Mining for gold in Mali/GEF
I spent many fond moments as a child letting captive mercury droplets swirl from the palm of my hand to another as I waited for my father, a dentist, to finish working on his last patient of the day.
The element that goes by the symbol Hg in the periodic table of elements (from the Greek word hydrargyrum, or "liquid silver") is still widely employed in fillings of dental cavities in the form of an amalgam with a blend of other metals. It has also found a breadth of uses in the modern world including medicine, industrial manufacturing of chlorine, plastics, compact florescent lights and gold production.
It took a major calamity to wake society up to the health hazards brought about by the carefree use and handling of mercury. In 1956, at a remote fishing village of Japan, where a chemical plant was, for decades, dumping loads of mercury into the Minamata bay, the large-scale poisoning of people and animals was bought to the attention of the wider public. Mercury bioaccumulates in the environment through the ingestion of food and water. Over time, the element then concentrates in individual organisms then through the contamination of their immediate environment. Described as the Minamata disease, this form of severe mercury poisoning is a debilitating neurological syndrome caused by the consumption of marine organisms heavily contaminated with mercury.
Because it can be easily vaporized, mercury can be transported through the air over large distances far removed from its original source of emission. With a significant amount of mercury being emitted as a bi-product of industrial processes such as coal burning, along with metal and cement manufacturing, it has now reached even the most remote corners of the planet, making its way into the air we breathe and the food we eat.
Small scale gold mining in Madagascar/GEF
Small-scale gold mining is now the largest source of mercury released into the environment, being responsible for 37% of all global emissions. Mercury readily dissolves gold to form an amalgam, and as such is used for extracting the precious metal from gold bearing ores and sediments. When miners apply heat to the amalgam, mercury vaporizes, leaving behind pure gold. This process is employed daily by hundreds of thousands of small scale miners in developing countries, endangering their lives and polluting rivers and streams.
Because mercury pollution has become such a critical global problem, the Global Environment Facility (GEF) has been providing funding for projects that contribute to reducing emissions since the mid-1990s. But more needs to be done. Building on these and other efforts, the international community has recently agreed to join forces through a new international agreement - the Minamata Convention - aptly named to remind the world that never again must such a disaster be allowed to happen. And recognizing its experience of financially supporting the implementation of other global environmental agreements, the GEF has been chosen as the financial mechanism for the new convention.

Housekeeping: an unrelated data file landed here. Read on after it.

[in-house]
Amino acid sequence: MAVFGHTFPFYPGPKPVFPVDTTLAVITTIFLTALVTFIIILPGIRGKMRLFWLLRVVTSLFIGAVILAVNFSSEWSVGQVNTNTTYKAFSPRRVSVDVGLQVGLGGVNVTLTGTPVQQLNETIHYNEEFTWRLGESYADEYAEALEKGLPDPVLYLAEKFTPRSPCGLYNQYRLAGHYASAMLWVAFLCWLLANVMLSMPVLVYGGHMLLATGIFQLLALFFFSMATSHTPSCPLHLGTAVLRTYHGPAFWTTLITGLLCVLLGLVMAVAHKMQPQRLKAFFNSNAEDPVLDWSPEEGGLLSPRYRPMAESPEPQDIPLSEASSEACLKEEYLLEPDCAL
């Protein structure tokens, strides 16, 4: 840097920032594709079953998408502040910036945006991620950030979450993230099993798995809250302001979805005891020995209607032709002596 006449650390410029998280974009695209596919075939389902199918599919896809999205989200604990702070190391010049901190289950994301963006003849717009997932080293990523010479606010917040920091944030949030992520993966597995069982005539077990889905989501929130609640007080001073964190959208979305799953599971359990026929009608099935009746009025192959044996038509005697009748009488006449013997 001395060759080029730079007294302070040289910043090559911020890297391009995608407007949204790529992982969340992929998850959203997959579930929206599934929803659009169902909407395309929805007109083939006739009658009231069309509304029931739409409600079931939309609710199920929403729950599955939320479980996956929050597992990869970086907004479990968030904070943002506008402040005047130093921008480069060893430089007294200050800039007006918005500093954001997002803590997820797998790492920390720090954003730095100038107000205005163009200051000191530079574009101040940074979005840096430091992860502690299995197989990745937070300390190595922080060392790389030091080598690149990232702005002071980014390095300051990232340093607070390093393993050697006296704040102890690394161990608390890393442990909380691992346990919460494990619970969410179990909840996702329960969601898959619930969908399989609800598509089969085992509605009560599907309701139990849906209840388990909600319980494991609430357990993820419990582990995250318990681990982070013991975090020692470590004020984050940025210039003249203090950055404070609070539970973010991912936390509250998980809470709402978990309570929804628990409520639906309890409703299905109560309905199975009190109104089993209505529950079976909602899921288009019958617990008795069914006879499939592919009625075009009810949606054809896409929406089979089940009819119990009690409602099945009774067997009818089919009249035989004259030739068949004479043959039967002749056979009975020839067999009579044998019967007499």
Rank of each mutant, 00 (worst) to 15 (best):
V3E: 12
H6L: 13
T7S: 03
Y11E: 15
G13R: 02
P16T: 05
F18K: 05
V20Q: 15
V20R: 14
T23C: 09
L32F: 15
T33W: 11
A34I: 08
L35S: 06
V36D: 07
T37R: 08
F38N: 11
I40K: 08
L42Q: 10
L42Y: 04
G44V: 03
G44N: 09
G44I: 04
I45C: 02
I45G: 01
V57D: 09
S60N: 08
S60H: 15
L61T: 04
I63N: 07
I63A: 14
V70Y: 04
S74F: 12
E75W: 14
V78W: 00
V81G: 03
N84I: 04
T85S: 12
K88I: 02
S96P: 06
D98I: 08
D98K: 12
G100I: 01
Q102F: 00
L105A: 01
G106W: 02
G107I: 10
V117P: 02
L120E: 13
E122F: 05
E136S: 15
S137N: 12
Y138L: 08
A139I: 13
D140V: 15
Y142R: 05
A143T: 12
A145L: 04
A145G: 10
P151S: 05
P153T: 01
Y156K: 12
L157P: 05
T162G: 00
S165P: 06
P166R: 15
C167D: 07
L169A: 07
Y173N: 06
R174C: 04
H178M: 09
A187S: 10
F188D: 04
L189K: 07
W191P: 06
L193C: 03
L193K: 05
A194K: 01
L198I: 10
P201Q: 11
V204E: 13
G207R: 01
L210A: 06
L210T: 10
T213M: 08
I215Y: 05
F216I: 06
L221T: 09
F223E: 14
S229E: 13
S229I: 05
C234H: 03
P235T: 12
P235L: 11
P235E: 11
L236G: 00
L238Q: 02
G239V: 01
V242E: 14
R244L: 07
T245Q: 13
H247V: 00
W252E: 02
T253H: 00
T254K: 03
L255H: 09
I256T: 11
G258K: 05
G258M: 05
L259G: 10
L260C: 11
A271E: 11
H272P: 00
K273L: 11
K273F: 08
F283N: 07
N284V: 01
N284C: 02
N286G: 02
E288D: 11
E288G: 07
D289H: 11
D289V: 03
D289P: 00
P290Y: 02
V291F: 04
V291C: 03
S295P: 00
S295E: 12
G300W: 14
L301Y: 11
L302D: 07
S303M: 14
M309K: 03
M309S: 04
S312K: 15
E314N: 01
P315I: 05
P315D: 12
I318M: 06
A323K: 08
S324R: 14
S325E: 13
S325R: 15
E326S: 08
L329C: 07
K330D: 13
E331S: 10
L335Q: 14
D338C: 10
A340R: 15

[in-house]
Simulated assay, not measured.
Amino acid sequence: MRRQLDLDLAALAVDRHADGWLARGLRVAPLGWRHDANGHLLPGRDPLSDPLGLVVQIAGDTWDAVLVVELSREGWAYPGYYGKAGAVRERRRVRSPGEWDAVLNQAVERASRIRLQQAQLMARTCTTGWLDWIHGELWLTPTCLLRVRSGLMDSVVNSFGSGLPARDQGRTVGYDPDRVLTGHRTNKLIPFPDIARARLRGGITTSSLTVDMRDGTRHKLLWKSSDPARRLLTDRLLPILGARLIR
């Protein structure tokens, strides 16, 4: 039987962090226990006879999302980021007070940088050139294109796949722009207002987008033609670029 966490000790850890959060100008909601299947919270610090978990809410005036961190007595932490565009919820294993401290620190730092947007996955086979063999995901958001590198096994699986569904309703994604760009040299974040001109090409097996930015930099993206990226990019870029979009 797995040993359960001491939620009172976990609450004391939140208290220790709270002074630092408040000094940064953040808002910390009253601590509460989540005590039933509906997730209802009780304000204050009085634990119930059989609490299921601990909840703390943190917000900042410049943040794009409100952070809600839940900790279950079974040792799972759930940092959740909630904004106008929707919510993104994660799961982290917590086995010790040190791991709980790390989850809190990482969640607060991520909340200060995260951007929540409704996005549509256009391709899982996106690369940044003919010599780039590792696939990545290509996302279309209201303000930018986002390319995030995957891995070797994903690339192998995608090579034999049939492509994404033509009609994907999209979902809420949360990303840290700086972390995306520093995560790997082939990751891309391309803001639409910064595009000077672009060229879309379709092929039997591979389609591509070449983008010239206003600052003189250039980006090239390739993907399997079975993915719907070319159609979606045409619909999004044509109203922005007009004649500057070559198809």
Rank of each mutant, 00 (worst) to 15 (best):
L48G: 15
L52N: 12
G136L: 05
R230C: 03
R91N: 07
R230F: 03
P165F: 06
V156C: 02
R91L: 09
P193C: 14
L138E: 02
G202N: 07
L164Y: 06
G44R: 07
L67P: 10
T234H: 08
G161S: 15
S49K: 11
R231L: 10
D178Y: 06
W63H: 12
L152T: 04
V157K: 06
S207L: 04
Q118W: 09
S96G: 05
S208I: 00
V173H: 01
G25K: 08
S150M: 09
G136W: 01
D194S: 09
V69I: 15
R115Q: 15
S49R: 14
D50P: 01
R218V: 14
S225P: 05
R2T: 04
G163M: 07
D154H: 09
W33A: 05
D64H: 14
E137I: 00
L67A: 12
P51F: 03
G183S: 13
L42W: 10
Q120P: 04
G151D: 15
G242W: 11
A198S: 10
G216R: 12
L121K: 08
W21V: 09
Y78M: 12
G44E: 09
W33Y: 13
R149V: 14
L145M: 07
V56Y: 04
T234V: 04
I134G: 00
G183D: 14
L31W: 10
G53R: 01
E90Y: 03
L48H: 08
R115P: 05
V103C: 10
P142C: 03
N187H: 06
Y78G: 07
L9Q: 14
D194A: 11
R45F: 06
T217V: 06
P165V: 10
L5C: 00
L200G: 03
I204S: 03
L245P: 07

Responding to this expanding responsibility, the GEF has significantly increased its support to developing countries by allocating $141 million for mercury-reducing initiatives over the next four years.
Next month the convention's Intergovernmental Negotiating Committee will meet in Bangkok for the first time since the global treaty was agreed in October 2013. As a show of force, 128 countries have signed the convention and seven countries have, to date, become full parties. We expect many more to ratify it soon.
The United States has also made history as the first country to join the convention. This is particularly noteworthy since Minamata is only the second global environmental accord that the country has joined as a party --the Montreal Protocol to Protect the Ozone Layer, signed in the 1980s, being the first. The major emitting countries, including all the BRICS (Brazil, Russia, India, China and South Africa), have also signed the convention, signaling their intentions to support the fulfillment of the agreement's objectives.
Although the Minamata Convention constitutes a significant leap for protecting people and nature against the dangers of mercury, the real work begins now. We have confidence that the November gathering in Bangkok will represent the first great call for concrete global action.